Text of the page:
McDonough said at Centennial, where the optimum capacity was 1,227, actual enrollment was 1,483. At Central, where capacity is 1,446, enrollment was 1,343.

"Unless new or substantial renovated parts of high school facilities are built, competition from the private high schools is likely to intensify declines in white enrollments by 2008," he said.

Champaign schools' legal agreement requires the district to offer school choice at the elementary level so students don't necessarily attend neighborhood schools. That's moved up to the middle school level because specific elementaries are paired with specific middle schools.

But almost all students attend the high school nearer their residence.

"The location of Centennial suggests it will absorb residential growth from both the south and west, whereas Central would only be proximate to growth due north," McDonough wrote.

He said if growth continues to the north in Ashland Park subdivision, the northwest in Boulder Ridge and Sawgrass subdivisions, the west in Ironwood West, Chestnut Creek and Trail's Edge subdivisions and the south in Savoy, "it may justify the construction of additional capacity."

But, McDonough said, that's beyond the scope of his projections through 2013.

Recent history shows relatively flat enrollment in Champaign schools even though the city and Savoy have added several new subdivisions. According to the Illinois State Board of Education, in 1998, about 8,916 students attended Champaign schools; last year, it was 8,950.

Ritz said demographic studies just count seats scattered across the district in different classrooms and don't take use into consideration. He said some schools must use gyms as cafeterias, and they're bursting at the seams because they have to schedule physical education and other group activities around the cafeteria schedule.

More students coming?

Culver said planning committee members sent clear directions to the administration: Think ahead.

"You can't just wait until kids appear to make room for them," he said, citing projections for subdivisions, Savoy's history of growth and the construction of the Curtis Road interchange opening up new residential space.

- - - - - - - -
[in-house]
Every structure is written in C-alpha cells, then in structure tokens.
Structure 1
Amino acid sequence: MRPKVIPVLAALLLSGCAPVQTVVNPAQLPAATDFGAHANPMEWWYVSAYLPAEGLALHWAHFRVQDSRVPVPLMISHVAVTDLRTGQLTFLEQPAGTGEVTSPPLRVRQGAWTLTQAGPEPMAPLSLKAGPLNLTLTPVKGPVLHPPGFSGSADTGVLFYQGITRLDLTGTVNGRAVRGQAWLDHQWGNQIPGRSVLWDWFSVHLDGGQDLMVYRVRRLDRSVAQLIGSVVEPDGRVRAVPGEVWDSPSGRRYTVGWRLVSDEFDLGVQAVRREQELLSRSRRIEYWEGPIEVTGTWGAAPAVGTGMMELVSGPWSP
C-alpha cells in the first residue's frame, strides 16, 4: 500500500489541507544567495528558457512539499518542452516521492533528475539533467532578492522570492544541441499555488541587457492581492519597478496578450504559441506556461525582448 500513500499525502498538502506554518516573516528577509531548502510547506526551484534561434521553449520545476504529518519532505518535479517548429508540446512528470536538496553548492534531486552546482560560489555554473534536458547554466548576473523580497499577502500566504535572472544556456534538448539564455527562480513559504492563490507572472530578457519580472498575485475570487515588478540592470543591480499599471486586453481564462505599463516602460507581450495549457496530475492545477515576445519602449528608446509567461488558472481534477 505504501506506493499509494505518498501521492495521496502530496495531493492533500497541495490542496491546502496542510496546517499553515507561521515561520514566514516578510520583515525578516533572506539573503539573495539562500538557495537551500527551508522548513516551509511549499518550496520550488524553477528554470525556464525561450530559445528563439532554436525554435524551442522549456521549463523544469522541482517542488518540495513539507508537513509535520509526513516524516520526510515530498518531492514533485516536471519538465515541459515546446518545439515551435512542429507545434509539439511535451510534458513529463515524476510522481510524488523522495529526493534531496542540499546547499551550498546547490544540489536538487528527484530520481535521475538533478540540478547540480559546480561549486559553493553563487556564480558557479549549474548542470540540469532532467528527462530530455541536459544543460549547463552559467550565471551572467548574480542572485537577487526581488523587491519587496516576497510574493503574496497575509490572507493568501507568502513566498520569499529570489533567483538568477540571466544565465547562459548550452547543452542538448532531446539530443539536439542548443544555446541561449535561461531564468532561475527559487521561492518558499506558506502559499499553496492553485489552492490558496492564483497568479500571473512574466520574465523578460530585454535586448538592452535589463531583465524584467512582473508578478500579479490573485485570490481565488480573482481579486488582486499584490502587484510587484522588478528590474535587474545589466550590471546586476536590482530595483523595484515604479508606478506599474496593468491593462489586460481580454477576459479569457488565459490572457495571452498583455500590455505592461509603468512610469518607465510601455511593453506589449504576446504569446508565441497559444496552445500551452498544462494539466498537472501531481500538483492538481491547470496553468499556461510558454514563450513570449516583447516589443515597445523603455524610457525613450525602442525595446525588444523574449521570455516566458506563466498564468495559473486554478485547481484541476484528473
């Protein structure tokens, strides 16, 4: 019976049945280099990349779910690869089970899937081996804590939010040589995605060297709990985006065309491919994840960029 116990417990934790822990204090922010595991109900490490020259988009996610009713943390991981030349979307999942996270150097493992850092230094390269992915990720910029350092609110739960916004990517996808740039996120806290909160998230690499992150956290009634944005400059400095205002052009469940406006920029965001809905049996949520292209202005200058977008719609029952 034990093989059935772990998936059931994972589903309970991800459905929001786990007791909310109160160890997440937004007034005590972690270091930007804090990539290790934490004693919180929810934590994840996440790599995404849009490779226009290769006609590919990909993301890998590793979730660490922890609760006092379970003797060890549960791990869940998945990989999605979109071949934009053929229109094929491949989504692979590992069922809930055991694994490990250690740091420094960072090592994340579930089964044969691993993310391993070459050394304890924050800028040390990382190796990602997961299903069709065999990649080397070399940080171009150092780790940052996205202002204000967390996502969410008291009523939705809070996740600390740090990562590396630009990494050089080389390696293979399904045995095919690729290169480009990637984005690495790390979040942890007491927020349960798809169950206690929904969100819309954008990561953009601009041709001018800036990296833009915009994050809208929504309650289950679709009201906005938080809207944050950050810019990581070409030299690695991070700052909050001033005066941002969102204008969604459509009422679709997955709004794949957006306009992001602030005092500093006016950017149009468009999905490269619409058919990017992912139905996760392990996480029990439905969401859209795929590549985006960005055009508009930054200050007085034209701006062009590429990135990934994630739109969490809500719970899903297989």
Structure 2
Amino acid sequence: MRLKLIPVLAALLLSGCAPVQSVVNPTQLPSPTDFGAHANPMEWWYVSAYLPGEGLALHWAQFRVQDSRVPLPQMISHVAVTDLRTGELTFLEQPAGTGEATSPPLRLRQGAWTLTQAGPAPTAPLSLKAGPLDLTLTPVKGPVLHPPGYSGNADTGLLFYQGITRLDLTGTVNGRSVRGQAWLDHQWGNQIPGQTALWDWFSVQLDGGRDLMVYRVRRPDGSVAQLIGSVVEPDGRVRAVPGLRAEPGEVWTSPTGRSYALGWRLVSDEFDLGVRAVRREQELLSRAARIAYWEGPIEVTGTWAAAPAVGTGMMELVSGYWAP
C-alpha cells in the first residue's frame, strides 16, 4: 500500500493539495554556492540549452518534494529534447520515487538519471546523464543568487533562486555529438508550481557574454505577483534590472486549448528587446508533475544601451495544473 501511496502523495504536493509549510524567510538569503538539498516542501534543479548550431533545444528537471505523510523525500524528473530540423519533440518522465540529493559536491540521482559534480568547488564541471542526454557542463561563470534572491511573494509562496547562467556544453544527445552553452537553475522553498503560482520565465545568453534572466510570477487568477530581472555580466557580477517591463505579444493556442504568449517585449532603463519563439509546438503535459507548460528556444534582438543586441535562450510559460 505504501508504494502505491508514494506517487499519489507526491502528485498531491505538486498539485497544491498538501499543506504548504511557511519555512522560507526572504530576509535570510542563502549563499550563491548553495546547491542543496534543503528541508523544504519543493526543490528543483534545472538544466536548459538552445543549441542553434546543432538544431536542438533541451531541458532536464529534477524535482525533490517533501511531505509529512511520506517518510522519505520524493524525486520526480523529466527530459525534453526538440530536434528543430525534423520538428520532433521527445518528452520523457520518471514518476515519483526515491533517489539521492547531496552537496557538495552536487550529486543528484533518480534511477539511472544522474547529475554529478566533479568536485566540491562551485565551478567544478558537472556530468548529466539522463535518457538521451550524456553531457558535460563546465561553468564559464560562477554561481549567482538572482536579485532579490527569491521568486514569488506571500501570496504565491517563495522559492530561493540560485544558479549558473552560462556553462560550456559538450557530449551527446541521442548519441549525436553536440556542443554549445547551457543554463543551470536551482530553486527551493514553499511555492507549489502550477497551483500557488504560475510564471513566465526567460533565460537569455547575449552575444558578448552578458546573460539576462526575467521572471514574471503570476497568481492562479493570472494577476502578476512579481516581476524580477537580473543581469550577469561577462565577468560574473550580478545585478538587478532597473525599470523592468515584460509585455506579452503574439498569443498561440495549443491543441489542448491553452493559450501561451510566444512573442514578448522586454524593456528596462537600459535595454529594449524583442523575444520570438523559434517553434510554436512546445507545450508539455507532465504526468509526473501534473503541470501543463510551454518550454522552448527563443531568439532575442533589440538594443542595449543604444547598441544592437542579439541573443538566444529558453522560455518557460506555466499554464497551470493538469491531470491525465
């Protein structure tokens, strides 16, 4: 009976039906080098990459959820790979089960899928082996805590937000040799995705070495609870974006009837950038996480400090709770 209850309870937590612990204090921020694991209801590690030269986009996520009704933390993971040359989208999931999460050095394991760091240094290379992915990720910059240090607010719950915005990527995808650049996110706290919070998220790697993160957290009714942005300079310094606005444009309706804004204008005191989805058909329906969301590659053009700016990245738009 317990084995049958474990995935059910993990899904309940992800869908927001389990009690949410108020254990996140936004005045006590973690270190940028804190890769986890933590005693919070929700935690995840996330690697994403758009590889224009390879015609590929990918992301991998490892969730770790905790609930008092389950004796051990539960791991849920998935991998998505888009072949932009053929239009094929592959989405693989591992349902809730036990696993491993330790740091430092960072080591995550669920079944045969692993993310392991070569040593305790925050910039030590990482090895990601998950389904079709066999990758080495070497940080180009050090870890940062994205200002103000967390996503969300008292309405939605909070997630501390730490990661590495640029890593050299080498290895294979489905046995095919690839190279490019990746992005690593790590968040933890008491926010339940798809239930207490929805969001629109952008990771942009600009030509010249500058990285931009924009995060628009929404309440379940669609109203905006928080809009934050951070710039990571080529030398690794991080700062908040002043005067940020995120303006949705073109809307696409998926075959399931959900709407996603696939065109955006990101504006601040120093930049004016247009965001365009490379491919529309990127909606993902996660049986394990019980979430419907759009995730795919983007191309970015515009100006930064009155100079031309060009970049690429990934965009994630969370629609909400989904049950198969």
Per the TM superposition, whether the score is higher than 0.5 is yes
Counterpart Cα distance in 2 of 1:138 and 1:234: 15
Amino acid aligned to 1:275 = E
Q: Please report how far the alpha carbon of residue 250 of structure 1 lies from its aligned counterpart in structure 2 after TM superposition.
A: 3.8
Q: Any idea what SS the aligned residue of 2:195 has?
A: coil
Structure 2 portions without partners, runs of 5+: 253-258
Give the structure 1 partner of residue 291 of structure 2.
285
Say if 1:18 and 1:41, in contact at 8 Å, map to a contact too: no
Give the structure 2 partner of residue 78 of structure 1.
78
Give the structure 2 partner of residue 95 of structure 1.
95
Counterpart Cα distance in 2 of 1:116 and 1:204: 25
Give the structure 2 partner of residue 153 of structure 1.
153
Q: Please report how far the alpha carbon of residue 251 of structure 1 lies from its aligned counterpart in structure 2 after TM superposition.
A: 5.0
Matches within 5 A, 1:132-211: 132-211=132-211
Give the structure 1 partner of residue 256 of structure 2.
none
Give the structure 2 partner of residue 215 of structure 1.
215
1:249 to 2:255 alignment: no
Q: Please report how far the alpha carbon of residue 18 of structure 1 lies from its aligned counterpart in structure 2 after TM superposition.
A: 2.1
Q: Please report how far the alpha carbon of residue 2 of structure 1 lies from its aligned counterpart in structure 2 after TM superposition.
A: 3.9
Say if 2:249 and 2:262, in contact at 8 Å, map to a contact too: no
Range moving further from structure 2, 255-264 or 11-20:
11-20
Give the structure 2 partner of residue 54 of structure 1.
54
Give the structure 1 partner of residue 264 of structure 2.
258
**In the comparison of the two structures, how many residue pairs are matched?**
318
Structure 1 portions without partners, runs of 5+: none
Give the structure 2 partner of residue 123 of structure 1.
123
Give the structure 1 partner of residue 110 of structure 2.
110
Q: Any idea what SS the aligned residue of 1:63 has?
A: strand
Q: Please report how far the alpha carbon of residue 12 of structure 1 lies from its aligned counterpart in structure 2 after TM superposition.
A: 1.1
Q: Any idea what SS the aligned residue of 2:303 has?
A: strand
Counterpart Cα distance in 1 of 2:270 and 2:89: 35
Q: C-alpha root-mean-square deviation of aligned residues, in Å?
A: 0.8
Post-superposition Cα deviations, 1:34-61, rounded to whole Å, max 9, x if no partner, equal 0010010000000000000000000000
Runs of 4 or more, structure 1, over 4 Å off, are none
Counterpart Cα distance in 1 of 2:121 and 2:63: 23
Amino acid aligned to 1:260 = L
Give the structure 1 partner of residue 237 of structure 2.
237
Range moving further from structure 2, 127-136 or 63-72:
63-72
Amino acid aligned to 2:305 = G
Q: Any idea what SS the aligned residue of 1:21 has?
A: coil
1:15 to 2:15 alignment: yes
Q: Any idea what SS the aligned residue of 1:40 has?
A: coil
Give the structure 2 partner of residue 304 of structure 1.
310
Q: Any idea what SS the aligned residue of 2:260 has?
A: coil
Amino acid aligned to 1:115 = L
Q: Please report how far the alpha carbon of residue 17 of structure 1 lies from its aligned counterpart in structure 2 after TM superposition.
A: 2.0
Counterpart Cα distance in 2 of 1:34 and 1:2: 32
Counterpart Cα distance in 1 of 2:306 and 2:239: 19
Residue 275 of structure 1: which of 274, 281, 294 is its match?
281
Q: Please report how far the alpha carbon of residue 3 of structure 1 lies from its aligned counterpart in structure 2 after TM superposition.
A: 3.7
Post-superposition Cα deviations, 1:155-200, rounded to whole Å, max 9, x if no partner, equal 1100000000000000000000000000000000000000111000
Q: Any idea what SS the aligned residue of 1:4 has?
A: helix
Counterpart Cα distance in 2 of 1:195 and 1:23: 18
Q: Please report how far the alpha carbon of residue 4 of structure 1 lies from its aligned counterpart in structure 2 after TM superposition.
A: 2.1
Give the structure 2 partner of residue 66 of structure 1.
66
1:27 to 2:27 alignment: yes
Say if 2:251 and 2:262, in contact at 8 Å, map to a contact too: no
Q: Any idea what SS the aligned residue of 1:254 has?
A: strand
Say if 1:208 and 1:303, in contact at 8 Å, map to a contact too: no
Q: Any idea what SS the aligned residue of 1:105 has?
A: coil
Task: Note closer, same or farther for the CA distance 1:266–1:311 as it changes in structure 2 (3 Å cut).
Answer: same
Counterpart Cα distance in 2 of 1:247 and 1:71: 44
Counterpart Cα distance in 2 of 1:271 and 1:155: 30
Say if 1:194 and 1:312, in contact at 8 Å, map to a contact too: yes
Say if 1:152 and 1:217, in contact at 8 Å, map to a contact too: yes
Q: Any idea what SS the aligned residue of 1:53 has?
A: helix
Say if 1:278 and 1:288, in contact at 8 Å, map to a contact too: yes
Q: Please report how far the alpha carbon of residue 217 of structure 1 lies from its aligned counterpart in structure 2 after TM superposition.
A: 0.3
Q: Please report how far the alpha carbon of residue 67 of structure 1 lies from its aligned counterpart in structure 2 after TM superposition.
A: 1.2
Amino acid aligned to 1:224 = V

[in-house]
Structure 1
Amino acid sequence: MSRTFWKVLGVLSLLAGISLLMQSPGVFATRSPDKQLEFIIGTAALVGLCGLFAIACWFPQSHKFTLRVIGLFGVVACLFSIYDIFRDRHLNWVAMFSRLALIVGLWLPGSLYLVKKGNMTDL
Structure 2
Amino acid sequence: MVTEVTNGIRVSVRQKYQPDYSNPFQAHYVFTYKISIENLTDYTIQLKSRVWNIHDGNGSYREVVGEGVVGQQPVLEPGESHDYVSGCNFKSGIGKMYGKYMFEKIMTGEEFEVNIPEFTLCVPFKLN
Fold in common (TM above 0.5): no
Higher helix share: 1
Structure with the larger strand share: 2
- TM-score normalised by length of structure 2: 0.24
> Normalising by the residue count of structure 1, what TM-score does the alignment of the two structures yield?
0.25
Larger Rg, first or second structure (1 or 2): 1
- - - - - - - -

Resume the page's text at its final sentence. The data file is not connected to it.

"You have to be proactive," Culver said. "It will be more expensive to build in five years. It's coming, and we'd better be ready."

He and other district officials said at schools like Dr. Howard, space is so impractical or at such a premium, teachers have to share classrooms and work in halls.

"We're trying to put 21st-century programs that use 21st-century technology in 1950s schools," Shepperd said.

Chief financial officer Gene Logas said officials are looking at least two 10-acre sites north of University Avenue as a location for one of the new elementary schools. They hope to announce that location at a meeting later this month.

A second school would be built on 5 acres donated by developer Randy Peifer at the intersection of Sunflower Drive and Prairie Rose Lane in Savoy. A third school would replace Dr. Howard, one of the oldest in the district. Logas said the Savoy and north Champaign schools could be completed by the 2007-08 school year, but at least one of them likely would house Dr. Howard students for a year while that school is razed and rebuilt.

It's likely students and staff members at other schools might have to move temporarily into space at existing schools or new schools while extensive work is completed at their buildings.

The decree's effects

Because of the consent decree, McDonough also looked at data to see if there's enough room in existing schools to accommodate children who would attend if the district sent children to neighborhood schools. He found there was room in schools both north and south of University Avenue to accommodate students in the neighborhood.

However, because all gifted students are bused to programs in schools north of University, they displace 220 students who live in those neighborhoods.

McDonough said his findings that the district didn't need to build more space on the north side of the city caused a stir among consent decree monitors.

"Emotions run high in Champaign because of the consent decree," McDonough said, noting that officials are caught in the middle because on one hand, they're squeezed by promises to build two strands north of University and on the other hand by Savoy residents who want a school there.

"You're talking about building room for more than 700 elementary kids," he said of current plans. "How long before you'll get that many new kids? It's not on the charts.

"I think Arthur Culver and district officials work hard to do what's right for kids. But they're handcuffed by the community, politics and lawsuits."

Chalifoux said when she adds the number of seats now vacant in the district to the minimum number of seats that would be available in the new schools, she comes up with about 1,000 empty seats.

"Even if we hit our projections and fill our current capacity by 2011, we'll still have 600 empty seats that year," she said. "That's more than a whole school of kids."

Chalifoux suggests the district wait to launch its building project.

"I think they need to go back to the drawing board and think of new ways to spend our money and come back to us another time – come back with something reasonable," she said.